In recent years, a handful of Cubs games at Wrigley Field have been played in appalling, usually wintry weather conditions with cold temperatures, howling winds and constant rainfall. One of those was a particularly memorable one, a 14-10 win over the Braves in 2018. Another you’re probably familiar with came last week against the White Sox. In both of these cases, the make-up dates were difficult or impossible to arrange, so the games were played.
In 2003, however, this was generally not the case. MLB games just weren’t played in weather like this. And Sunday, May 11 — Mother’s Day that year — which was to be the third of a three-game game against the Cardinals, dawned with weather conditions expected to be much like those of the aforementioned two games. Although the temperature was announced at 53 degrees at the time of the game, it quickly fell into the 40s during the game. There was also steady rain and the wind was blowing straight through at 23 miles per hour with higher gusts, with the highest of those lakeside gusts measuring 47 miles per hour.
A number of us dubbed this “The Typhoon Game” because it felt like it was blowing through Chicago. At the time, I don’t think I had ever seen baseball played in such bad conditions.
The reason I’m writing this article is that I recently located a video of this game – posted by someone I don’t know, but also named it “The Typhoon Game” and had recorded all four game innings and preserved it for us to see now. Here is the full video:
It never stopped raining, but the Cubs kept going and started this game, and the umpires let it continue.
You can see it in the video above: Then-Cubs TV analyst Steve Stone called Moises Alou’s first-inning home run. Scroll down to around 6:00 p.m. in the video to hear Stone’s call. Four throws later, Alou puts a ball in the seats.
The 2-0 lead didn’t last long. The Cardinals scored five on the board in the second, including a grand slam from Albert Pujols. Corey Patterson homered late in the inning. St. Louis first baseman Tino Martinez (bet you don’t remember he played two years for the Cardinals) homered top of third, but Troy O’Leary hit a shot from two runs late in the inning, so it’s now 6-5 cardinals after three.
St. Louis had four more points in the fourth; Martinez hit his second homer of the game, a three-run blast, to make it 11-6. By the end of the fourth, the Cubs had scored three goals to bring the score to 11-9. One of those runs was scored on a sacrifice fly ball by relief pitcher Juan Cruz. During that play, Cardinals right fielder Eli Marrero was seriously injured. That’s what you see at the top of this article, a photo of Marrero being carried off the pitch. You can see this playback if you scroll down to about 1:20:15 in the video.
Marrero, who looked to be a strong MLB player in 2002 (.262/.327/.451, 18 homers in 131 games), suffered an Achilles tendon injury. At the time, the season seemed to be over, although he returned in September and had a pretty good year in Atlanta in 2004. He was never the same after the injury and he finished after 2006.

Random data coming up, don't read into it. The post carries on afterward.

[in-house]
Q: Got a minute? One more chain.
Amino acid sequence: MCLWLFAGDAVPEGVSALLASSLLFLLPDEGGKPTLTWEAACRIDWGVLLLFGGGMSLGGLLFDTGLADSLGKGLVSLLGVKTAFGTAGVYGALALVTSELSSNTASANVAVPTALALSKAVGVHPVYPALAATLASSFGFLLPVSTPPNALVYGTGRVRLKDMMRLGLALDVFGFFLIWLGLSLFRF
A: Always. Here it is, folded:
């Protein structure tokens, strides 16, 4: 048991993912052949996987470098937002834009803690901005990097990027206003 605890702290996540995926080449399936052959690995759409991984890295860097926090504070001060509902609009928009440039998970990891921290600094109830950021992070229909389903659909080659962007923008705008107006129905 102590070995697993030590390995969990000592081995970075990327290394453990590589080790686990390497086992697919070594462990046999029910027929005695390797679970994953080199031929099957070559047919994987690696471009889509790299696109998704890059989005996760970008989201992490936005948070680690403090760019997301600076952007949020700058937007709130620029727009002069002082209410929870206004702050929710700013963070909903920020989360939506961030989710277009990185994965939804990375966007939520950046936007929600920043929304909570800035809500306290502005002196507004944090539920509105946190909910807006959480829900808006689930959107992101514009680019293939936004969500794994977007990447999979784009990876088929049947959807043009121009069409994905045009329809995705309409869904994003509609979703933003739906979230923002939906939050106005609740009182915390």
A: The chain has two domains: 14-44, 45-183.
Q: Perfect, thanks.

The teams completed the fourth inning. Alex Gonzalez homered with a runner to make it 11-9, then there were a few plays where Cardinals defenders were sliding all over the place – a catchable popup from O’Leary fell untouched between two of them .
After the fourth inning was over, the referees stopped play and it did not resume. According to the rules of the time, the game had to be invented and replayed from the beginning. It ended on September 2. The Cubs split that doubleheader but won four of five games in that series, which was a key turning point in the Cubs’ rush to the NL Central title, which they won in part by going 19-8. in September.
Tribune writer Phil Rogers, summarizing this game, noted MLB’s folly in not allowing games like this to be suspended and terminated later, which MLB finally did in 2021 and codified in the ABC this year. Here’s more from Rogers’ article:
Hoping to play five innings before heavy rain arrived, the Cubs started the Mother’s Day game on time despite turf saturated by heavy overnight rain, grass that was getting more slippery by the minute from steady fog and steady winds at 39. mph
“It was bad, really bad,” said St. Louis left fielder Albert Pujols.
“I don’t know why we started the game in the first place. Since we started, you’d think they’d at least get past the fifth inning for it to count.
Red Schoendienst, who played his first game at Wrigley in 1945, said he had never seen such strong winds at the old park. Ron Santo seconded the motion.
“I’ve played in the rain, the wind, the cold, when the grass was slippery and the base paths got sticky,” [Jim] said Edmunds. “But not all on the same day. All in all, I don’t think I’ve ever played in worse conditions.
This freight train of a wind roared straight from the southwest, toward the center and right field bleachers. This seemed to piss off the pitchers, who paid dearly for the pitches they left at home plate.
The teams had combined for seven home runs – with one in each half-inning after a scoreless top of the first.
None of those seven homers counted, nor did the 20 runs scored, since the game was erased and later replayed under the rules of the day.
However, Mike Bojanowski wrote down the score, on an increasingly damp sheet of paper (I never got my scorecard out that day), then transferred the score to the official scorecard, so that I can present them to you here, along with an image from today’s post, featuring then-director Dusty Baker.
It was a day that none of us who were there will ever forget, even though it didn’t officially enter the record books. It all happened 19 years ago today, Sunday May 11, 2003.